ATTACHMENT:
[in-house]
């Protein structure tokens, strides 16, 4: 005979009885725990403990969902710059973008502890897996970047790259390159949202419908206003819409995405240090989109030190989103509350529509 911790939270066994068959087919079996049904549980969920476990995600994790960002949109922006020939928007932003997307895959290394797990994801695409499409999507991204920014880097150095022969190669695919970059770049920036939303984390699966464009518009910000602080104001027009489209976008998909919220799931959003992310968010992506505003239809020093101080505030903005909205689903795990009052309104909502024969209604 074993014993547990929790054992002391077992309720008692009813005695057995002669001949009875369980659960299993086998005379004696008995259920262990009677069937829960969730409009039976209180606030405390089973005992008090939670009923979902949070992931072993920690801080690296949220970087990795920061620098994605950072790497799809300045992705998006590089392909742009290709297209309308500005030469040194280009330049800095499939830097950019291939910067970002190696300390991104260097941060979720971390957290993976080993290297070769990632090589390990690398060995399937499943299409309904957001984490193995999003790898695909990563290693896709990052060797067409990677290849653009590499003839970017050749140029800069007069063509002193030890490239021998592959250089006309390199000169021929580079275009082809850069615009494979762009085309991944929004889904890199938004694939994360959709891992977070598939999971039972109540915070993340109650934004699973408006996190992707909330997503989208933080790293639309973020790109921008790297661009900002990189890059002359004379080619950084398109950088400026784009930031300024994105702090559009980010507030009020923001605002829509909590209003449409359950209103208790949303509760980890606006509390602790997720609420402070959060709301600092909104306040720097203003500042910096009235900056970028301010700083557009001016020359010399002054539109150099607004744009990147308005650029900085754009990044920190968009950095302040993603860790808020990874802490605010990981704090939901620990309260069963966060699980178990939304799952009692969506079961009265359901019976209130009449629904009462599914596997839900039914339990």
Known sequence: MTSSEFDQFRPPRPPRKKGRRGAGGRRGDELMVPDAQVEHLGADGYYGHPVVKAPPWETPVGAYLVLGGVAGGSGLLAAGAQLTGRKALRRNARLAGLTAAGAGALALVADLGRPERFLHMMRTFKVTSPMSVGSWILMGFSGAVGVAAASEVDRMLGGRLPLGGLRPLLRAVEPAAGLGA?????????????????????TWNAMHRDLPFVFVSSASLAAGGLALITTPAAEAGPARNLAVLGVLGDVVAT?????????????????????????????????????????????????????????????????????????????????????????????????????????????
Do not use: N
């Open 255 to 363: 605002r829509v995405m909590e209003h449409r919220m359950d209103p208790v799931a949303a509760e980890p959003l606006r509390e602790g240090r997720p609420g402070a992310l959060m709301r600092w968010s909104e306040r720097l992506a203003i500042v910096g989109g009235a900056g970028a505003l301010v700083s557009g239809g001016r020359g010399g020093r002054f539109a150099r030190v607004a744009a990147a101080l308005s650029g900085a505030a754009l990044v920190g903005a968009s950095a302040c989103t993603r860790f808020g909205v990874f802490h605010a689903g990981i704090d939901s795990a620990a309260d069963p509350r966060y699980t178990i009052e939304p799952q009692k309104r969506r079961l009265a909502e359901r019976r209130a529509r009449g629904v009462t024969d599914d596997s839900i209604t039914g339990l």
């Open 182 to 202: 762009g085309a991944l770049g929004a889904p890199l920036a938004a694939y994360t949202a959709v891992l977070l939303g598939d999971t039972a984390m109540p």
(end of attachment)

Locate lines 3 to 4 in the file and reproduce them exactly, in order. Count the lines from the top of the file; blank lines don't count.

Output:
Known sequence: MTSSEFDQFRPPRPPRKKGRRGAGGRRGDELMVPDAQVEHLGADGYYGHPVVKAPPWETPVGAYLVLGGVAGGSGLLAAGAQLTGRKALRRNARLAGLTAAGAGALALVADLGRPERFLHMMRTFKVTSPMSVGSWILMGFSGAVGVAAASEVDRMLGGRLPLGGLRPLLRAVEPAAGLGA?????????????????????TWNAMHRDLPFVFVSSASLAAGGLALITTPAAEAGPARNLAVLGVLGDVVAT?????????????????????????????????????????????????????????????????????????????????????????????????????????????
Do not use: N